WWF commends the US and Russian governments, as well as the indigenous representatives of Alaska and Chukotka, for successfully reaching agreement on the important conservation goal to protect a shared population of wildlife, the Alaska-Chukotka polar bear population. WWF views this agreement first and foremost as a conservation agreement which provides opportunities for Arctic communities to play an active role in managing and protecting the magnificent icon of the north, the polar bear.

WWF supports the Commission’s conclusions that the conservation benefits of this agreement will depend on the implementation of mechanisms for effective monitoring, enforcement and human-bear conflict reduction with the assistance of indigenous peoples. These mechanisms are yet to be developed. Illegal hunting and any commercial trade must also be investigated and eliminated if this agreement is to be successful.

WWF remains concerned about the level of polar bear illegal harvest in Chukotka and elsewhere in Russia. WWF and TRAFFIC are also concerned about recent increases in the demand for polar bear hides potentially fueling increased illegal harvest. We are committed to working with management agencies, communities and scientists to develop on-the-ground programs that will improve the success of this Agreement. WWF is also concerned about the lack of current or historical population monitoring given both the suggested harvest levels in the past two decades and the rapid loss of sea ice habitat occurring in the Chukchi Sea. At the same time, WWF recognizes that significant research is underway in the American portion of the Chukchi Sea, which will help to inform the Commission’s management decisions. WWF staff are also participating in this research and WWF will fund the participation of Russian and American field biologists in 2011.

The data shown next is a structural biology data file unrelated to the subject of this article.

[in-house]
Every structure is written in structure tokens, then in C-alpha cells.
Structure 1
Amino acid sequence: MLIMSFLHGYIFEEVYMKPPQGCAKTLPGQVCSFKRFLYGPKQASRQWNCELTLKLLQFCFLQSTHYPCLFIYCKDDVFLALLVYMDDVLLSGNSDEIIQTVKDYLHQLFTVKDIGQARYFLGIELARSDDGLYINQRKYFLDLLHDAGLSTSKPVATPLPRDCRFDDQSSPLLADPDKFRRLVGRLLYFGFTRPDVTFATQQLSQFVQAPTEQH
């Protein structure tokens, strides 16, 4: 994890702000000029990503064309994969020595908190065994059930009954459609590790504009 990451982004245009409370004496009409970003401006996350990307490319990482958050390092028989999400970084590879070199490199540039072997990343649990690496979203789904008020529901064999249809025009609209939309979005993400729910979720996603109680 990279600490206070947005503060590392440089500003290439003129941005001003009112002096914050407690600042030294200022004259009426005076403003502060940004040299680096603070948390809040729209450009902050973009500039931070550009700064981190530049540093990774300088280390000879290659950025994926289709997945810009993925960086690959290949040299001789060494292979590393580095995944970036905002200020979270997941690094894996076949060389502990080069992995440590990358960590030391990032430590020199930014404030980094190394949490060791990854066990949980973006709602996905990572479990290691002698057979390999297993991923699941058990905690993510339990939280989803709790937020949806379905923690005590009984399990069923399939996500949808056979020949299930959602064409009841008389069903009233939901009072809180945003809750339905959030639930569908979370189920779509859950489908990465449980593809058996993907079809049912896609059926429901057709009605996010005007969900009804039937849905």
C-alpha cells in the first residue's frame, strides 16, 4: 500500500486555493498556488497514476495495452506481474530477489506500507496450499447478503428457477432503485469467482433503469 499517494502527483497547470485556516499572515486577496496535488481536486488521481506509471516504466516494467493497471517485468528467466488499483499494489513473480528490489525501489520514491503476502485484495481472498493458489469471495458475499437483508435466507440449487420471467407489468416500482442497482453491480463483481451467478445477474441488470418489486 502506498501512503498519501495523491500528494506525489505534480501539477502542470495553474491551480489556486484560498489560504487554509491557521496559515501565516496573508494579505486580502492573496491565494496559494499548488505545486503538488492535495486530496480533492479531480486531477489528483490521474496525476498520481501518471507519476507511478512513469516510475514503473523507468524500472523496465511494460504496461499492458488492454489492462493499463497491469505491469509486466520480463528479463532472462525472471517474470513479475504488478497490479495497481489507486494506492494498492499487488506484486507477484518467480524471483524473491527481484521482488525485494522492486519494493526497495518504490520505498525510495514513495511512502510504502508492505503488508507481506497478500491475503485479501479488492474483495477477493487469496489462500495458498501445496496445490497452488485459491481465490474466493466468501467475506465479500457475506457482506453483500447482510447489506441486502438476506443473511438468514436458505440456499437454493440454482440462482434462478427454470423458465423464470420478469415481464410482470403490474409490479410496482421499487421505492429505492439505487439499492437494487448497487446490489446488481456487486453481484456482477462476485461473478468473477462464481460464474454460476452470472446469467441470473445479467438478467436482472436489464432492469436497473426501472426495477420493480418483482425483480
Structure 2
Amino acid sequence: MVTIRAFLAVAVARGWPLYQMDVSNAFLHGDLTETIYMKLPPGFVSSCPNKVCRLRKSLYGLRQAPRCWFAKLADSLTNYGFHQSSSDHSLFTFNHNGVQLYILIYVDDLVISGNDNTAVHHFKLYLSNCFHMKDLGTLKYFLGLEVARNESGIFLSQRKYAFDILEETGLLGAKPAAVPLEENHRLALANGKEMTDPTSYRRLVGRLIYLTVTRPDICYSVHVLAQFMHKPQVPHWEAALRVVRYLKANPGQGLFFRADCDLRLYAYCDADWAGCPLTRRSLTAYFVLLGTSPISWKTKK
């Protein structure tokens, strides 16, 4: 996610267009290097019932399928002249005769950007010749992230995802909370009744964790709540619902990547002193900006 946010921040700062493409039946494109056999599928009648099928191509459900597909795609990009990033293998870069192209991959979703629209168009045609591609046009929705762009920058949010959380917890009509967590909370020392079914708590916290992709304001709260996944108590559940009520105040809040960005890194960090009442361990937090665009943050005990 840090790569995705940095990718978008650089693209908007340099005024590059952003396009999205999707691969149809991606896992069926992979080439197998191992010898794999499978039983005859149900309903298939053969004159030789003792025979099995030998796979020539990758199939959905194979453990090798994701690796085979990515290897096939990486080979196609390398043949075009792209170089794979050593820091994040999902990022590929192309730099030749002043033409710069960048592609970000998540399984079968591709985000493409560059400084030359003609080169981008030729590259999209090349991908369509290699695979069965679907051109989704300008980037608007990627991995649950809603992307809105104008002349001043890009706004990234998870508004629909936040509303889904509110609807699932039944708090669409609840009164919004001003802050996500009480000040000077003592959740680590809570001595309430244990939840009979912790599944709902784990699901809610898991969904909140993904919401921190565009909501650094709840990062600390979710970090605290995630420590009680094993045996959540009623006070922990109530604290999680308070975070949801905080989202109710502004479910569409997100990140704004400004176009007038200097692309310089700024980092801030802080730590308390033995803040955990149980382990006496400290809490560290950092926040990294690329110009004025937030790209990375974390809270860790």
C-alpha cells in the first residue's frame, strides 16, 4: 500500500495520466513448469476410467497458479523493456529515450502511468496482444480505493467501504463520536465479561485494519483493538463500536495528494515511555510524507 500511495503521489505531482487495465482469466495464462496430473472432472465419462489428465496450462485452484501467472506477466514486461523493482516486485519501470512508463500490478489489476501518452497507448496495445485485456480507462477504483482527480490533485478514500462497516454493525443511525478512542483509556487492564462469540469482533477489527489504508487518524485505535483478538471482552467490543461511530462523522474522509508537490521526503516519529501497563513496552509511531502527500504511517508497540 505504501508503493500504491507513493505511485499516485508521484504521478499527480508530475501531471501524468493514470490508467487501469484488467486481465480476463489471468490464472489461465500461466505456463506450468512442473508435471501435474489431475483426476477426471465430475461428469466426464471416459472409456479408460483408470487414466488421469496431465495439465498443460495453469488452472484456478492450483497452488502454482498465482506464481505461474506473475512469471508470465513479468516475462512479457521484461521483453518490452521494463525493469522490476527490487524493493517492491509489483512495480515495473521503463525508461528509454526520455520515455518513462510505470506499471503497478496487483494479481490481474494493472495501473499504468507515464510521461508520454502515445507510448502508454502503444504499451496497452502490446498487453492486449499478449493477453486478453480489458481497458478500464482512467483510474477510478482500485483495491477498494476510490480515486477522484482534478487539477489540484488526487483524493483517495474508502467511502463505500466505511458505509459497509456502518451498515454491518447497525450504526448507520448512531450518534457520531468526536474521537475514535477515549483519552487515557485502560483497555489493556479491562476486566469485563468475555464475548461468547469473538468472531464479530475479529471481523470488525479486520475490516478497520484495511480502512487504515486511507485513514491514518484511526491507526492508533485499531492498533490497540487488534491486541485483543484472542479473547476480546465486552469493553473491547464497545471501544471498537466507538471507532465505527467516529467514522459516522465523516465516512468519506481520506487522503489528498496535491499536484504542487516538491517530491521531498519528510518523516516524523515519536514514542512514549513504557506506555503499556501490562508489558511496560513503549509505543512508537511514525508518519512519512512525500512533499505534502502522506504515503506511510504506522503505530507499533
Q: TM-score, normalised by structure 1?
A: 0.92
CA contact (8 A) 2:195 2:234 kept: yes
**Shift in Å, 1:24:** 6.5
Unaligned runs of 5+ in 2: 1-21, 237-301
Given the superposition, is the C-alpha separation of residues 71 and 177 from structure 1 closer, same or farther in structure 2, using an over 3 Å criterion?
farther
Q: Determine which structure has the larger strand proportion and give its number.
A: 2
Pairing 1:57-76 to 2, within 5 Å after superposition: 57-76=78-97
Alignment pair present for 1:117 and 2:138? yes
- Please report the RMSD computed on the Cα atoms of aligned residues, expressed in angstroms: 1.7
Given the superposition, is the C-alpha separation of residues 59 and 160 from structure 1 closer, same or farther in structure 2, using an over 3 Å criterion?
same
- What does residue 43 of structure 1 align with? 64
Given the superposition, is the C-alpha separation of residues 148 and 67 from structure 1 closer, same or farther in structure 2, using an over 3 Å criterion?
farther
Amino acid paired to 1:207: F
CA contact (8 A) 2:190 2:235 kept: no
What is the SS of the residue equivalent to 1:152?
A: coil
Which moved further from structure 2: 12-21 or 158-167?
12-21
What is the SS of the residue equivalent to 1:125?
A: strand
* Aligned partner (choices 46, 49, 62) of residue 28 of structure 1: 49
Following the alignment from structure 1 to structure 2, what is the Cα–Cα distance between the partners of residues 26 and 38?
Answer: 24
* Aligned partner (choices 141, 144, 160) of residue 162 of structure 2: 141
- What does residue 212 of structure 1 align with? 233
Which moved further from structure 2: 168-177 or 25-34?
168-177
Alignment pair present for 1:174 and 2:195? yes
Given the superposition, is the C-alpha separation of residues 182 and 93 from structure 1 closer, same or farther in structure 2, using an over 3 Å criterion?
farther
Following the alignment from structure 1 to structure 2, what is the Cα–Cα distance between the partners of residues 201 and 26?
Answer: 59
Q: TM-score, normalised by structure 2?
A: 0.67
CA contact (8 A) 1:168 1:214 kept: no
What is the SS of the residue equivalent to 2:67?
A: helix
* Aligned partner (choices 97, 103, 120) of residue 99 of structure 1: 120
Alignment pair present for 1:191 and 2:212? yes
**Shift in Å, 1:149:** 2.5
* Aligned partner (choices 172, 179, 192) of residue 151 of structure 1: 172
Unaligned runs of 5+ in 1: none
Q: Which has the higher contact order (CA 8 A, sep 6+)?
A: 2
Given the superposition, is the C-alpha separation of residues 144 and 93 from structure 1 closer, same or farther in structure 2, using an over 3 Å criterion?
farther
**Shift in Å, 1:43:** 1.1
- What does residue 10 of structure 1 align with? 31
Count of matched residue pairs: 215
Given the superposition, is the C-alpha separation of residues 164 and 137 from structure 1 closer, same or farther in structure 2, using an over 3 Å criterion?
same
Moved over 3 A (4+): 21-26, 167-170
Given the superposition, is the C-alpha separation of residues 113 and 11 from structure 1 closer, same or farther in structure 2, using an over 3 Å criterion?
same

In keeping with the principle of the sustainability of harvest and considering institutional differences in countries of the Alaska-Chukotka polar bear population, WWF believes that:

  • It is possible to start implementing quotas in Alaska, and
  • It will be possible to implement quotas in Chukotka only upon the achievement of certain management “milestones.”

WWF believes that it will be possible to implement harvest quotas in Chukotka in accordance with the Agreement only when the following conditions are met, or mechanisms to manage the following are in place:

  • Current and credible assessment and monitoring of illegal polar bear harvest in Chukotka;
  • Effective control of polar bear poaching, including an investigation into the markets that drive demand and a program to eliminate these markets;
  • Implementation of an efficient and transparent system for tracking, reporting, and enforcement regarding polar bear harvest and derivatives trade;
  • Development and implementation of population status monitoring (both research and hunter sampling) that will inform future harvest recommendations.

WWF believes this agreement obliges both jurisdictions to fund multi-year collaborative research to obtain the data on population status, reproductive rate, and other parameters including trends of population health which are necessary to ensure the population remains viable.

WWF acknowledges the conservation benefits that would result from an active and effective management and enforcement program. WWF will work with the Russian and American governments, relevant agencies, NGOs, and local hunters to support the achievement of the “management milestones” stated above.

WWF Projects Supporting the Alaska-Chukotka Polar Bear population:

1. WWF supports and directly funds the Umky Patrol program in Chukotka. The Umky Patrol is a community based program to reduce human bear conflict, eliminate poaching, and educate the public on polar bear conservation and safety issues.

2. WWF and TRAFFIC funded an effort to assess the current status of illegal polar bear harvest in Russia- Chukotka specifically.

3. WWF is contributing personnel expertise and field capture time to the USFWS-led Chukchi research program in Alaska.

4. WWF is an active partner in the U.S./Russia polar bear Agreement process and facilitates the participation of key Chukotka partners and increased dialogue between the parties.

5. WWF is supporting a scientific exchange program for a Russian biologist to participate in the 2011 USFWS Chukchi Sea capture season and will continue to support research exchanges to build capacity in Chukotka.